The need for optimal wellbore placement to maximize recoverable reserves is a given, and engineers have always harnessed the available technologies to do this. However, the technologies have fallen short of the optimum, impacting productivity and profitability. RockSense provides at-bit bed boundary identification, giving engineers real-time information about a formation boundary at the point of transition. The technology turns the theory of mechanical specific energy (MSE) into practice. This article reviews what this new technology can achieve in practice using two historical datasets, both based on the availability of conventional logs from adjacent wellbores for corroboration.
The first dataset is from a coiled tubing (CT) drilled sidetrack of a well in a densely drilled site in North America. No horizontal wells had been drilled in the area previously, and the objective was to increase production through increased reservoir contact.
The operator used 3-D seismic to evaluate the formations and identified a subsurface ridge that could be acting as a trap. The well path was planned to pass about 4.5 m (15 ft) below the formation top and track the formation by holding inclination. The oil-water contact was believed to be 12 m (40 ft) below the formation top and, if entered, would significantly impact the well economics. Gamma ray sensors were used for depth correlation because relying on seismic depth alone would not provide the accuracy required. The hole section was drilled using a single phase fluid in the build section.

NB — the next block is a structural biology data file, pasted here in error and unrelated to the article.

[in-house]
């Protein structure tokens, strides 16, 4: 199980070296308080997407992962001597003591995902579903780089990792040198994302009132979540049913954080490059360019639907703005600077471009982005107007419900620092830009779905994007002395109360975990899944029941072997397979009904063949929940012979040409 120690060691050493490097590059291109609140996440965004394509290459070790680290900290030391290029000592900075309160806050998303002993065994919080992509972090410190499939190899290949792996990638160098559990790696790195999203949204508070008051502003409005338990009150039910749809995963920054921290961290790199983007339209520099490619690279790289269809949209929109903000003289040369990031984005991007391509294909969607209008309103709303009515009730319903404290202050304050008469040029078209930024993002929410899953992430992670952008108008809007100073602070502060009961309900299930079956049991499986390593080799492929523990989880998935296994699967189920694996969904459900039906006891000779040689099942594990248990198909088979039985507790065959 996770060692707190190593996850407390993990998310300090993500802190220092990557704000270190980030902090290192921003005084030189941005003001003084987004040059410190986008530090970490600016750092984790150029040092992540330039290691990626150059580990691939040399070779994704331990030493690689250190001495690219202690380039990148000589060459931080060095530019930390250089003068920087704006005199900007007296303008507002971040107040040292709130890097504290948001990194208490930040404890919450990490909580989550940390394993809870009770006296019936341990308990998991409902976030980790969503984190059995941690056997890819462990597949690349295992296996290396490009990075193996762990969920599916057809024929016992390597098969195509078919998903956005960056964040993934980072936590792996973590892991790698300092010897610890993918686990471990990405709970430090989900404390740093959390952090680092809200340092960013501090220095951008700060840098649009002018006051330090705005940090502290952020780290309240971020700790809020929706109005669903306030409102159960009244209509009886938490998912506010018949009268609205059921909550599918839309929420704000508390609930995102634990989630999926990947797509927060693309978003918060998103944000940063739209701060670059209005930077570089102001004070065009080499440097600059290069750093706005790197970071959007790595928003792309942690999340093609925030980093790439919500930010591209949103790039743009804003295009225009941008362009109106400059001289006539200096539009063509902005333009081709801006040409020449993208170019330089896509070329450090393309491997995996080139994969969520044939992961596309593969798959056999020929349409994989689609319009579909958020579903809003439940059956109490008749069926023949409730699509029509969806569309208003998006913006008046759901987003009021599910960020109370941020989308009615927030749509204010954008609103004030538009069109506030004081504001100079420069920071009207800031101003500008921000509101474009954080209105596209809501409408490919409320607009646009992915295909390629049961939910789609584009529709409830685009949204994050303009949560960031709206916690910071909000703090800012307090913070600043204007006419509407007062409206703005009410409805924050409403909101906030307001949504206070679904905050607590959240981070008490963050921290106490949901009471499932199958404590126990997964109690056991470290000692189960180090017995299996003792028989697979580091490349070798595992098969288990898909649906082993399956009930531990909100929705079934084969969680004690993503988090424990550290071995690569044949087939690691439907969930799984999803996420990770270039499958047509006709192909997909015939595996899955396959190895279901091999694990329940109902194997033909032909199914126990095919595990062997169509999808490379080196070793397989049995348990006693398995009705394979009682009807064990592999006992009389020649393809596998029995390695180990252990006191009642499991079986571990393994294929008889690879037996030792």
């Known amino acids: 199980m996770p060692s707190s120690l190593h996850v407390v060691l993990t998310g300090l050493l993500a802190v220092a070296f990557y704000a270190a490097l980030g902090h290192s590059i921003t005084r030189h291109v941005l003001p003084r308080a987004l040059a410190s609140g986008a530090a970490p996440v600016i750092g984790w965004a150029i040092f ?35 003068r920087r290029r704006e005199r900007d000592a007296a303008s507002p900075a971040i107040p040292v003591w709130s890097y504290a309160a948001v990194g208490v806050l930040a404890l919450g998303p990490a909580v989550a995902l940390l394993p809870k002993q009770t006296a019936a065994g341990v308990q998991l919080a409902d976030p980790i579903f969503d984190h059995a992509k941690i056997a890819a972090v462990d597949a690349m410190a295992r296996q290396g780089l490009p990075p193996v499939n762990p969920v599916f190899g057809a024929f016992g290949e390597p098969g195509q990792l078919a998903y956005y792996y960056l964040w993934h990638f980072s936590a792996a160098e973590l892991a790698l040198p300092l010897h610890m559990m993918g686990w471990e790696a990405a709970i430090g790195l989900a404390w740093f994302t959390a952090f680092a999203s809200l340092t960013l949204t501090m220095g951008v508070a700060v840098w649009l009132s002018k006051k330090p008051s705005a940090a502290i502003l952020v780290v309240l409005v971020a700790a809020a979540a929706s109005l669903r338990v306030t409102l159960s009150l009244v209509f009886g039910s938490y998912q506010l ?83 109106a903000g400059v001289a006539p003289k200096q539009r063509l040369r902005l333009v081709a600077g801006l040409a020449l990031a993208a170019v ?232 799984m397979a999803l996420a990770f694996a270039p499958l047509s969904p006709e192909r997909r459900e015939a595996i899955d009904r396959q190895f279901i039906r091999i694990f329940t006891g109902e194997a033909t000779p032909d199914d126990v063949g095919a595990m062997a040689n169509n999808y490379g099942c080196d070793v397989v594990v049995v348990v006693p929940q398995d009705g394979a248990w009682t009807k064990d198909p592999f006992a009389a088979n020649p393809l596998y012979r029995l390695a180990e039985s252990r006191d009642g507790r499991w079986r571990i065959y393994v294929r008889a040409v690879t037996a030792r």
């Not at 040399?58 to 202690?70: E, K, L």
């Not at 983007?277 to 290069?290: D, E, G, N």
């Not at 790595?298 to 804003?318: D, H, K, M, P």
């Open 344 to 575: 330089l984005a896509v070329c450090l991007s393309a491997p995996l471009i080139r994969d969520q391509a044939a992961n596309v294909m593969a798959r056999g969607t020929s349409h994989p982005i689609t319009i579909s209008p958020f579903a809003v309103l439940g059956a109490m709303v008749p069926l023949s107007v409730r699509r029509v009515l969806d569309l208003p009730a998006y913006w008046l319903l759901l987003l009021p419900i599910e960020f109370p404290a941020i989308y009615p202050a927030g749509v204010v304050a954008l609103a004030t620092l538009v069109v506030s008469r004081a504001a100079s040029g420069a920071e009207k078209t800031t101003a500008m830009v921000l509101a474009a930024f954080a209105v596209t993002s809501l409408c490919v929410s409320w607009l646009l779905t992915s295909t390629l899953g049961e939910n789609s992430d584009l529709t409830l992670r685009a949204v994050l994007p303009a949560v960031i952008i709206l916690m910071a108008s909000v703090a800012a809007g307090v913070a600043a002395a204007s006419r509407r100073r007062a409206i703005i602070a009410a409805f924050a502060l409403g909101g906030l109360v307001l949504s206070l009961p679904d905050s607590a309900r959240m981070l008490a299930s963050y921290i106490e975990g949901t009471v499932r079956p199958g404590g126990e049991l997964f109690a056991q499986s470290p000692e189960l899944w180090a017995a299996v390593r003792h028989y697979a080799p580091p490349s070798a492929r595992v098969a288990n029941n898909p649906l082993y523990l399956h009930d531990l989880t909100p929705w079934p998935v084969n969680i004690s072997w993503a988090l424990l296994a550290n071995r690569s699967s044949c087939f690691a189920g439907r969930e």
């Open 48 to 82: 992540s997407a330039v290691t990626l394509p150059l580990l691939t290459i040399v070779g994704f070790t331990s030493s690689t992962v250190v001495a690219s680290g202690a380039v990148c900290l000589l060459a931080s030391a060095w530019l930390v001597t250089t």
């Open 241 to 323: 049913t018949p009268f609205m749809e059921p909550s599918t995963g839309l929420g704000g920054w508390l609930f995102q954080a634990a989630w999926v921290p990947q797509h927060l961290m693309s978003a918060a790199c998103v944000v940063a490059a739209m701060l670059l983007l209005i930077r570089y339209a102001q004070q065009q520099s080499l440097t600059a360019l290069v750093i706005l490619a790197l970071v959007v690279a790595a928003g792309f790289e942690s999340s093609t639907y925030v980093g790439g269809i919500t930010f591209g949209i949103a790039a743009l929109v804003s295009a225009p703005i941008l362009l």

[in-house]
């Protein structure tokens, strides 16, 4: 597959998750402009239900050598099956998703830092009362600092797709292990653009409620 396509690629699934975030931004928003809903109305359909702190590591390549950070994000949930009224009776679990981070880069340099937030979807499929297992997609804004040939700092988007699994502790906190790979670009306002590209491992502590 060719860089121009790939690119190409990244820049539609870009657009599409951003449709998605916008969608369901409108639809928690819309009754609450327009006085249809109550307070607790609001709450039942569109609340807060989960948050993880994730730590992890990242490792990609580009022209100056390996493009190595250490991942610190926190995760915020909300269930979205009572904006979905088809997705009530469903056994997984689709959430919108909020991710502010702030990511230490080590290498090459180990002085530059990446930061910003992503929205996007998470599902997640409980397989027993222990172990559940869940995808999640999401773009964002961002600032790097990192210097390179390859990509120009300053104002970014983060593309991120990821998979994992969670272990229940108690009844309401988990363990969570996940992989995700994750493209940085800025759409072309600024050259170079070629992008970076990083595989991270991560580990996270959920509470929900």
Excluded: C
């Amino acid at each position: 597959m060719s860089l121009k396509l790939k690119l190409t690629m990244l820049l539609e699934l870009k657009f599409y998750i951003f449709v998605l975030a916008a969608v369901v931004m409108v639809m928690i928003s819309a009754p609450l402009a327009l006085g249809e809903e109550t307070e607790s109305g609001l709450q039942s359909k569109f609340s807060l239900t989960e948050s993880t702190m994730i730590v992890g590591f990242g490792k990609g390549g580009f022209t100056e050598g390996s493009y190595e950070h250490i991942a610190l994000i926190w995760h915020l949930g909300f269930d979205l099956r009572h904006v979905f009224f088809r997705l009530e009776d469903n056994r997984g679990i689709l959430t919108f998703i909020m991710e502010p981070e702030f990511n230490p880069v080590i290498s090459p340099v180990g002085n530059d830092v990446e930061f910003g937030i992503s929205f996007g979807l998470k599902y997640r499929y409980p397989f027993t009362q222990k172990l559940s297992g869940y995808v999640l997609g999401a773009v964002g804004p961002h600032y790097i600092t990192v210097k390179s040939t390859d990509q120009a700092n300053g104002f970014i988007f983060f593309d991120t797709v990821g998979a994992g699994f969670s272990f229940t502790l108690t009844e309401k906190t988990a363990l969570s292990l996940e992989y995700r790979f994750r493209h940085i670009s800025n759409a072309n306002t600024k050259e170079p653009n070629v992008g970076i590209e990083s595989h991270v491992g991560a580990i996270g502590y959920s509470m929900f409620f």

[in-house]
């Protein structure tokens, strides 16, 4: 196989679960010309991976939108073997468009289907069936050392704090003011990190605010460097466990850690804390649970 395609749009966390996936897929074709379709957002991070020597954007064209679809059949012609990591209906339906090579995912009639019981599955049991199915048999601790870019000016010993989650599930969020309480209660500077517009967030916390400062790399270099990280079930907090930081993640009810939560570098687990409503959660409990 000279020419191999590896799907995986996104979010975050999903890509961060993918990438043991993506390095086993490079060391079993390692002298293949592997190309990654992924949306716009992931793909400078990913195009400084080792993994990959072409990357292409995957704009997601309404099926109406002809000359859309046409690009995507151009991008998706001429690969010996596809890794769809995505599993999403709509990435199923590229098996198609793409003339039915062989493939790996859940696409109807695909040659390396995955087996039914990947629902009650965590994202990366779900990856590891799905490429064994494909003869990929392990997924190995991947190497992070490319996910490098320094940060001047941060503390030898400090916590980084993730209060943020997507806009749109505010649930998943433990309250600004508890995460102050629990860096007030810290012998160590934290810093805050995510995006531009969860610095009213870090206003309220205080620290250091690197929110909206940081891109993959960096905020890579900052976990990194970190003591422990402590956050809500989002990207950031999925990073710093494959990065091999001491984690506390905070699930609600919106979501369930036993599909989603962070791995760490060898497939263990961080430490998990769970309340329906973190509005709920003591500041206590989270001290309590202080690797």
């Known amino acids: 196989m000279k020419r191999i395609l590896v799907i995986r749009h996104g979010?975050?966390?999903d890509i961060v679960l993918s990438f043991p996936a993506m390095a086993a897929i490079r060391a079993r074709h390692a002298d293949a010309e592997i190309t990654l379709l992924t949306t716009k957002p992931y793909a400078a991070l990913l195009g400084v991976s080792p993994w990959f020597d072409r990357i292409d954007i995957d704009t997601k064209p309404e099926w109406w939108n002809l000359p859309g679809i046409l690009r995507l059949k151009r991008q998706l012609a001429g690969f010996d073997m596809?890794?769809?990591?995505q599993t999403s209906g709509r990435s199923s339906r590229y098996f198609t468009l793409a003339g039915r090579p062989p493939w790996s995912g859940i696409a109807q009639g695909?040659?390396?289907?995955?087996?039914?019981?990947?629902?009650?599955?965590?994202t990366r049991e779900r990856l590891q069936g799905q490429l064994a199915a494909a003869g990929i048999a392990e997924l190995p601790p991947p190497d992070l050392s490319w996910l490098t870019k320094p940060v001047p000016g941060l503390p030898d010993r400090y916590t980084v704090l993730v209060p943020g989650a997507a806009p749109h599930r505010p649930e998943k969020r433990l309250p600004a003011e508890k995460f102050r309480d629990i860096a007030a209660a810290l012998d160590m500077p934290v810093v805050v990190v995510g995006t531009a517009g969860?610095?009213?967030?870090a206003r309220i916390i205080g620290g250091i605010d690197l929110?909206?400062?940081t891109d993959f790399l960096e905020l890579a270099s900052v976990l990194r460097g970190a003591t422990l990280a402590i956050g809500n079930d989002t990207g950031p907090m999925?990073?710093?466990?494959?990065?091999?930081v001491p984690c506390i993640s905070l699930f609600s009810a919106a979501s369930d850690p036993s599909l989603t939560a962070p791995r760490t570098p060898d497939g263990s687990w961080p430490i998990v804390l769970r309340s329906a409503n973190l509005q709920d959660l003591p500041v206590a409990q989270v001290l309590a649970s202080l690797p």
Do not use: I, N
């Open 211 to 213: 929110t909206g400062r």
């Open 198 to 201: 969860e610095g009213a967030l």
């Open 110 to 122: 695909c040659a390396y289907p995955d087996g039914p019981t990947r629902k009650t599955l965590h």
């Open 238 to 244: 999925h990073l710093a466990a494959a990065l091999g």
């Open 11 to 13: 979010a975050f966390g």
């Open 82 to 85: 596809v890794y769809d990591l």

Running RockSense on the data gathered during this job revealed compelling similarity in the shape of the density logs and the RockSense trace when plotting porosity against true vertical depth (TVD) (Figure 1).
The second dataset involves underbalanced CT drilling in a shale gas well in the U.S. (Figure 2). In this instance, a 4¾-in. lateral was drilled using a mixture of up to 40% nitrogen to minimize formation damage. The aim was for the wellbore to stay within an identified formation layer. Processing the historical data using RockSense identified substantial footage drilled below the target formation. If the technology had been used in real time, a more reactive steering strategy could have been followed to avoid exiting the formation.
MSE is the energy required to drill a length of the hole in a formation, which reveals the composition of the formation. As the drillability of the formation changes, so does the energy required to drill it. Although the theory had the potential to revolutionize drilling accuracy, the technology available until now has meant the practical application has been limited. This is because calculating MSE accurately requires real-time measurement of downhole weight on bit (WOB) and torque.
Historically, these were derived from surface measurements, with empirical corrections applied to the effects of buoyancy and friction. However, the noise of the corrections was almost always louder than the MSE signal changes caused by differing formation characteristics. More recently, technology advances have made downhole measurement of WOB and torque possible, but mud pulse bandwidth limitations have imposed severe constraints on the definition that can be achieved.